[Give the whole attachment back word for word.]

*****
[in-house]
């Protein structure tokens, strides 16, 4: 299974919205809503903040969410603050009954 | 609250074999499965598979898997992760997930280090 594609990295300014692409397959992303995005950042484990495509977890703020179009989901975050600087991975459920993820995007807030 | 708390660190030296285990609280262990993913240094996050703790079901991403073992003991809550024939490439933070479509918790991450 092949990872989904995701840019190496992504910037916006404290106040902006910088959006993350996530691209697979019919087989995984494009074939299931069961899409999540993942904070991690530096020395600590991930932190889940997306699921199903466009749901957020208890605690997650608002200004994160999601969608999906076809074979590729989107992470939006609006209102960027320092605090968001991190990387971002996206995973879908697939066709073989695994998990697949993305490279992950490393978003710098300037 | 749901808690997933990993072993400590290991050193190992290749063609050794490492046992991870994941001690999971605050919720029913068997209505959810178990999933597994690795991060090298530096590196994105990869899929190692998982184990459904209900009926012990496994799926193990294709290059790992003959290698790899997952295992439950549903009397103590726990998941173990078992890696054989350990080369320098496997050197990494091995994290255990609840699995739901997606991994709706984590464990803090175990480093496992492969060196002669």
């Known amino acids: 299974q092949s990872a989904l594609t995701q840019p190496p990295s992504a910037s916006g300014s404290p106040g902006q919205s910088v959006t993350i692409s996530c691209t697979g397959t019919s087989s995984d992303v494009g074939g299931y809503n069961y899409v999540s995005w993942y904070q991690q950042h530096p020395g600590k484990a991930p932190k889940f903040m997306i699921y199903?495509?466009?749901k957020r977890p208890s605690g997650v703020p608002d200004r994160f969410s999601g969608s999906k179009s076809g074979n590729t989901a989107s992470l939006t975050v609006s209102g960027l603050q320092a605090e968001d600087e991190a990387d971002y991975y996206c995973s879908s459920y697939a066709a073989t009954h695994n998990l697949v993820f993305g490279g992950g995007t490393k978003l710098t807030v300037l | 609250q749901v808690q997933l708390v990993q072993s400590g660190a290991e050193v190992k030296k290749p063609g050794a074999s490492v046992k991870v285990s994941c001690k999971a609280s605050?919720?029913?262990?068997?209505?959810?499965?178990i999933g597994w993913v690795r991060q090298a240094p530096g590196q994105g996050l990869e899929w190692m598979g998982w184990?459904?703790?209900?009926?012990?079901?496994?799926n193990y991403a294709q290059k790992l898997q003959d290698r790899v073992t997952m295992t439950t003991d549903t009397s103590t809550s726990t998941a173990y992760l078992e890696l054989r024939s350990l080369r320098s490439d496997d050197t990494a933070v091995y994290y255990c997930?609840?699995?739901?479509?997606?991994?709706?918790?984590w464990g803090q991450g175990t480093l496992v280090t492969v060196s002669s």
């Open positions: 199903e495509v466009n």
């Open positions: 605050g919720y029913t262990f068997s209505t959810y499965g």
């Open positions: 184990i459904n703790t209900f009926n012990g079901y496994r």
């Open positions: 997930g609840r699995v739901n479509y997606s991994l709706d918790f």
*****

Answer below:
[in-house]
């Protein structure tokens, strides 16, 4: 299974919205809503903040969410603050009954 | 609250074999499965598979898997992760997930280090 594609990295300014692409397959992303995005950042484990495509977890703020179009989901975050600087991975459920993820995007807030 | 708390660190030296285990609280262990993913240094996050703790079901991403073992003991809550024939490439933070479509918790991450 092949990872989904995701840019190496992504910037916006404290106040902006910088959006993350996530691209697979019919087989995984494009074939299931069961899409999540993942904070991690530096020395600590991930932190889940997306699921199903466009749901957020208890605690997650608002200004994160999601969608999906076809074979590729989107992470939006609006209102960027320092605090968001991190990387971002996206995973879908697939066709073989695994998990697949993305490279992950490393978003710098300037 | 749901808690997933990993072993400590290991050193190992290749063609050794490492046992991870994941001690999971605050919720029913068997209505959810178990999933597994690795991060090298530096590196994105990869899929190692998982184990459904209900009926012990496994799926193990294709290059790992003959290698790899997952295992439950549903009397103590726990998941173990078992890696054989350990080369320098496997050197990494091995994290255990609840699995739901997606991994709706984590464990803090175990480093496992492969060196002669």
């Known amino acids: 299974q092949s990872a989904l594609t995701q840019p190496p990295s992504a910037s916006g300014s404290p106040g902006q919205s910088v959006t993350i692409s996530c691209t697979g397959t019919s087989s995984d992303v494009g074939g299931y809503n069961y899409v999540s995005w993942y904070q991690q950042h530096p020395g600590k484990a991930p932190k889940f903040m997306i699921y199903?495509?466009?749901k957020r977890p208890s605690g997650v703020p608002d200004r994160f969410s999601g969608s999906k179009s076809g074979n590729t989901a989107s992470l939006t975050v609006s209102g960027l603050q320092a605090e968001d600087e991190a990387d971002y991975y996206c995973s879908s459920y697939a066709a073989t009954h695994n998990l697949v993820f993305g490279g992950g995007t490393k978003l710098t807030v300037l | 609250q749901v808690q997933l708390v990993q072993s400590g660190a290991e050193v190992k030296k290749p063609g050794a074999s490492v046992k991870v285990s994941c001690k999971a609280s605050?919720?029913?262990?068997?209505?959810?499965?178990i999933g597994w993913v690795r991060q090298a240094p530096g590196q994105g996050l990869e899929w190692m598979g998982w184990?459904?703790?209900?009926?012990?079901?496994?799926n193990y991403a294709q290059k790992l898997q003959d290698r790899v073992t997952m295992t439950t003991d549903t009397s103590t809550s726990t998941a173990y992760l078992e890696l054989r024939s350990l080369r320098s490439d496997d050197t990494a933070v091995y994290y255990c997930?609840?699995?739901?479509?997606?991994?709706?918790?984590w464990g803090q991450g175990t480093l496992v280090t492969v060196s002669s």
């Open positions: 199903e495509v466009n």
């Open positions: 605050g919720y029913t262990f068997s209505t959810y499965g």
């Open positions: 184990i459904n703790t209900f009926n012990g079901y496994r």
């Open positions: 997930g609840r699995v739901n479509y997606s991994l709706d918790f």